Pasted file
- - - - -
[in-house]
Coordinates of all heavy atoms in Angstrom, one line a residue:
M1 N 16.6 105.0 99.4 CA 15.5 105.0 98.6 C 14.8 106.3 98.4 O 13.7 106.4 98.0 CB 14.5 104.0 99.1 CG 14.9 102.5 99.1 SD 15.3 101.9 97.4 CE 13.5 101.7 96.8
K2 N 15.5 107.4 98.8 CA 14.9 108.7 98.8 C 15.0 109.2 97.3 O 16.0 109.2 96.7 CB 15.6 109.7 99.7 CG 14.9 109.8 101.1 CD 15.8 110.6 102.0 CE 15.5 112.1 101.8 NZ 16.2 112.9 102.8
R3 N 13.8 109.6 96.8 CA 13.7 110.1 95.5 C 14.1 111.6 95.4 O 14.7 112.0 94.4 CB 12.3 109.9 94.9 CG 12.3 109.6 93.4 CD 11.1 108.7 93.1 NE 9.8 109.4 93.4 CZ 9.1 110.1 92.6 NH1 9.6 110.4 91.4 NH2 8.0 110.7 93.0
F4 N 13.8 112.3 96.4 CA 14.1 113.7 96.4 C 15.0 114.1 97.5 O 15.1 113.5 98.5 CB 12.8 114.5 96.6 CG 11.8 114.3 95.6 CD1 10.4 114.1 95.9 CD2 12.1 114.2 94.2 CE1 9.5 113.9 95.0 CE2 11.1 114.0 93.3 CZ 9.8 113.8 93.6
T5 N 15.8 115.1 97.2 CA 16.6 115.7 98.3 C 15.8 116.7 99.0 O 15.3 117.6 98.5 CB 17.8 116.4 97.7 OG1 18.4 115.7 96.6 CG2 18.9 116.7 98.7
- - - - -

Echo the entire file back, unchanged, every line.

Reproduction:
[in-house]
Coordinates of all heavy atoms in Angstrom, one line a residue:
M1 N 16.6 105.0 99.4 CA 15.5 105.0 98.6 C 14.8 106.3 98.4 O 13.7 106.4 98.0 CB 14.5 104.0 99.1 CG 14.9 102.5 99.1 SD 15.3 101.9 97.4 CE 13.5 101.7 96.8
K2 N 15.5 107.4 98.8 CA 14.9 108.7 98.8 C 15.0 109.2 97.3 O 16.0 109.2 96.7 CB 15.6 109.7 99.7 CG 14.9 109.8 101.1 CD 15.8 110.6 102.0 CE 15.5 112.1 101.8 NZ 16.2 112.9 102.8
R3 N 13.8 109.6 96.8 CA 13.7 110.1 95.5 C 14.1 111.6 95.4 O 14.7 112.0 94.4 CB 12.3 109.9 94.9 CG 12.3 109.6 93.4 CD 11.1 108.7 93.1 NE 9.8 109.4 93.4 CZ 9.1 110.1 92.6 NH1 9.6 110.4 91.4 NH2 8.0 110.7 93.0
F4 N 13.8 112.3 96.4 CA 14.1 113.7 96.4 C 15.0 114.1 97.5 O 15.1 113.5 98.5 CB 12.8 114.5 96.6 CG 11.8 114.3 95.6 CD1 10.4 114.1 95.9 CD2 12.1 114.2 94.2 CE1 9.5 113.9 95.0 CE2 11.1 114.0 93.3 CZ 9.8 113.8 93.6
T5 N 15.8 115.1 97.2 CA 16.6 115.7 98.3 C 15.8 116.7 99.0 O 15.3 117.6 98.5 CB 17.8 116.4 97.7 OG1 18.4 115.7 96.6 CG2 18.9 116.7 98.7